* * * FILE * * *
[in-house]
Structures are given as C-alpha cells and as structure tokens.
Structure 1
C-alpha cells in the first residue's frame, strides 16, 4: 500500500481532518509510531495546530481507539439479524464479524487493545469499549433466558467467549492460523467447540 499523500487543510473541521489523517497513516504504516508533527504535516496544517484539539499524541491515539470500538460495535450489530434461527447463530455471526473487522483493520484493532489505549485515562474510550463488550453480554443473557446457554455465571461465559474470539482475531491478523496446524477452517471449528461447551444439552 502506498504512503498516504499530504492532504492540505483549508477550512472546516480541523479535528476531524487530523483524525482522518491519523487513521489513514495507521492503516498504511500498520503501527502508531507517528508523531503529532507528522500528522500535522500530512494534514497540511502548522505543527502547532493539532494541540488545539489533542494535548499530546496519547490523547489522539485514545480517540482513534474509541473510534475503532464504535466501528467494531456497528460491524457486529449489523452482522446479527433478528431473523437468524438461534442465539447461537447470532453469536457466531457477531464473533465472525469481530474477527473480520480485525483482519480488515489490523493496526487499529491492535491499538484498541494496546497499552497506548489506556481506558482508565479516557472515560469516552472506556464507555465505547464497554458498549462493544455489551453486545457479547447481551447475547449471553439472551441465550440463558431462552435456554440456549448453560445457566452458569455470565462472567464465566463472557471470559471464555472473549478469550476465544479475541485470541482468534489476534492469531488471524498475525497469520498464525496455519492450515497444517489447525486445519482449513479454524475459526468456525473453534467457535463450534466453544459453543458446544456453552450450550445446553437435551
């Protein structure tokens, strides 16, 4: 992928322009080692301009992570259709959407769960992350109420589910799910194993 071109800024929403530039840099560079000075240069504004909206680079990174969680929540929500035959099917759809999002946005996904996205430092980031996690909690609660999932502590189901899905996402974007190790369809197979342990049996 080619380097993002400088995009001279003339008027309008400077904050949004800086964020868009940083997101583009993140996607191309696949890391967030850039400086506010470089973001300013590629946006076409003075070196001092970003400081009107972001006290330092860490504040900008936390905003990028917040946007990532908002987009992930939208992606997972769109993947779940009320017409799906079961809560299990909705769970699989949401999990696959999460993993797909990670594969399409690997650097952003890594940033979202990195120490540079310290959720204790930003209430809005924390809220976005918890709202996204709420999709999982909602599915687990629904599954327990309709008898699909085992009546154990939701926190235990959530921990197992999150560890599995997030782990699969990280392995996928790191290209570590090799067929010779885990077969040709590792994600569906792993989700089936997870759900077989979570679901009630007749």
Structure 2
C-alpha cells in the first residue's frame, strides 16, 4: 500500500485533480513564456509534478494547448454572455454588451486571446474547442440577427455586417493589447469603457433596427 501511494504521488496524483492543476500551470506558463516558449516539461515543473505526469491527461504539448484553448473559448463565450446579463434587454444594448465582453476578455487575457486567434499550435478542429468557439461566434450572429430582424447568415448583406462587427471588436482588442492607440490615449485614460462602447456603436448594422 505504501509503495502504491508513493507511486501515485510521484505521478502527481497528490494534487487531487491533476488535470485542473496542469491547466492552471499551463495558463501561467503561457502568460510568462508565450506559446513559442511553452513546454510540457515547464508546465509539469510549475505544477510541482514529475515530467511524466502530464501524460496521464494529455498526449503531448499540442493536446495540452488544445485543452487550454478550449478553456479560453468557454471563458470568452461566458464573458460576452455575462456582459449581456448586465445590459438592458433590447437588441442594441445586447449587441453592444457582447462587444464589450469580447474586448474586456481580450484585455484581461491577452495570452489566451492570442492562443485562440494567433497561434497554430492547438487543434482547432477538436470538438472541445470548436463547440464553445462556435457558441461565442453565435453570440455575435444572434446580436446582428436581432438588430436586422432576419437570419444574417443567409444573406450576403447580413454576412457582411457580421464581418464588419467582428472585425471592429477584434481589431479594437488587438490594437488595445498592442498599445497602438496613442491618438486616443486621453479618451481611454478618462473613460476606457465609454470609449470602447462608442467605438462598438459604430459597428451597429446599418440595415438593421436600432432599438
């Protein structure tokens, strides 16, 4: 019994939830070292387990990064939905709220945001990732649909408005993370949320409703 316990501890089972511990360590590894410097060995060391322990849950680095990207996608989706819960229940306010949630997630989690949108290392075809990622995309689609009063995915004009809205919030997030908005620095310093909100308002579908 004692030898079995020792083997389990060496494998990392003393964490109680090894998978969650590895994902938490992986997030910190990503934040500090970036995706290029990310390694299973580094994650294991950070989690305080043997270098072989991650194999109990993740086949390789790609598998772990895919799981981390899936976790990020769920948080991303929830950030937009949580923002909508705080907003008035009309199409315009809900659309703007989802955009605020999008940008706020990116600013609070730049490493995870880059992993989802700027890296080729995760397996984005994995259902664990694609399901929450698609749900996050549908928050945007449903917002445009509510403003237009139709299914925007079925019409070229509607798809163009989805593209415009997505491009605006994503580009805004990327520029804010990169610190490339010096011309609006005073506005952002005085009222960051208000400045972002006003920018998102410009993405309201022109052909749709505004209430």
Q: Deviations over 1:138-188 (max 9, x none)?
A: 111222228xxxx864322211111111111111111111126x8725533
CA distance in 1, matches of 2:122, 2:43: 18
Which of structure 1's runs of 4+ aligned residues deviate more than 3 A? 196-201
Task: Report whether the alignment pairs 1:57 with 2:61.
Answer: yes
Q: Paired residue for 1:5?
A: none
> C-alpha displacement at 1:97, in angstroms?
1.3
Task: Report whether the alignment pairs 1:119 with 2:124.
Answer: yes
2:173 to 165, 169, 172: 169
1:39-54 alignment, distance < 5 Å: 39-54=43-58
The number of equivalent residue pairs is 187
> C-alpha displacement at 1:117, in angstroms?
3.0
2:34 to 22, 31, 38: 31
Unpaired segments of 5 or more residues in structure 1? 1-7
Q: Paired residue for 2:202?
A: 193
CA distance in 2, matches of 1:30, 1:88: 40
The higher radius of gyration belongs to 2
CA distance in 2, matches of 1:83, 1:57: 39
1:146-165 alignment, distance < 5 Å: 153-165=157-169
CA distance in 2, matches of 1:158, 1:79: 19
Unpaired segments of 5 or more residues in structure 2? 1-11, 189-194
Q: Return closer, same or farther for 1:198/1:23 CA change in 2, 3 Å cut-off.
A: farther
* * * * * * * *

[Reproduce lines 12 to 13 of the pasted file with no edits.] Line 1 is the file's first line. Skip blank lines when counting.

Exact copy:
Which of structure 1's runs of 4+ aligned residues deviate more than 3 A? 196-201
Task: Report whether the alignment pairs 1:57 with 2:61.